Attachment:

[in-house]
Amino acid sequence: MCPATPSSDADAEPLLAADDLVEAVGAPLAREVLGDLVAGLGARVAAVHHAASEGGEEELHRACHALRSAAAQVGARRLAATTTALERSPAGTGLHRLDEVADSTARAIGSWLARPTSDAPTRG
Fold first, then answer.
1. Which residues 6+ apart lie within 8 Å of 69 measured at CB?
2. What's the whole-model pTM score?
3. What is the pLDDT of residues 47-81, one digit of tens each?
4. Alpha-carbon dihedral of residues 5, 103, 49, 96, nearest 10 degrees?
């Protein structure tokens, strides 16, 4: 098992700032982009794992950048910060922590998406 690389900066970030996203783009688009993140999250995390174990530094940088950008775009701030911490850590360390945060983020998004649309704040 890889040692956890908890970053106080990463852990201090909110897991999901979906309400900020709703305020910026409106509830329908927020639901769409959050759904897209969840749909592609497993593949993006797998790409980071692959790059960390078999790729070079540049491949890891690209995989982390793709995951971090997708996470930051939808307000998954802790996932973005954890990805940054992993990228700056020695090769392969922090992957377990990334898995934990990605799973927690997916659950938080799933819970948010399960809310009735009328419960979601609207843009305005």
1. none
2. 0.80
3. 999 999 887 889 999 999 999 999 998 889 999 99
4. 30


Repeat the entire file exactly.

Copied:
[in-house]
Amino acid sequence: MCPATPSSDADAEPLLAADDLVEAVGAPLAREVLGDLVAGLGARVAAVHHAASEGGEEELHRACHALRSAAAQVGARRLAATTTALERSPAGTGLHRLDEVADSTARAIGSWLARPTSDAPTRG
Fold first, then answer.
1. Which residues 6+ apart lie within 8 Å of 69 measured at CB?
2. What's the whole-model pTM score?
3. What is the pLDDT of residues 47-81, one digit of tens each?
4. Alpha-carbon dihedral of residues 5, 103, 49, 96, nearest 10 degrees?
């Protein structure tokens, strides 16, 4: 098992700032982009794992950048910060922590998406 690389900066970030996203783009688009993140999250995390174990530094940088950008775009701030911490850590360390945060983020998004649309704040 890889040692956890908890970053106080990463852990201090909110897991999901979906309400900020709703305020910026409106509830329908927020639901769409959050759904897209969840749909592609497993593949993006797998790409980071692959790059960390078999790729070079540049491949890891690209995989982390793709995951971090997708996470930051939808307000998954802790996932973005954890990805940054992993990228700056020695090769392969922090992957377990990334898995934990990605799973927690997916659950938080799933819970948010399960809310009735009328419960979601609207843009305005």
1. none
2. 0.80
3. 999 999 887 889 999 999 999 999 998 889 999 99
4. 30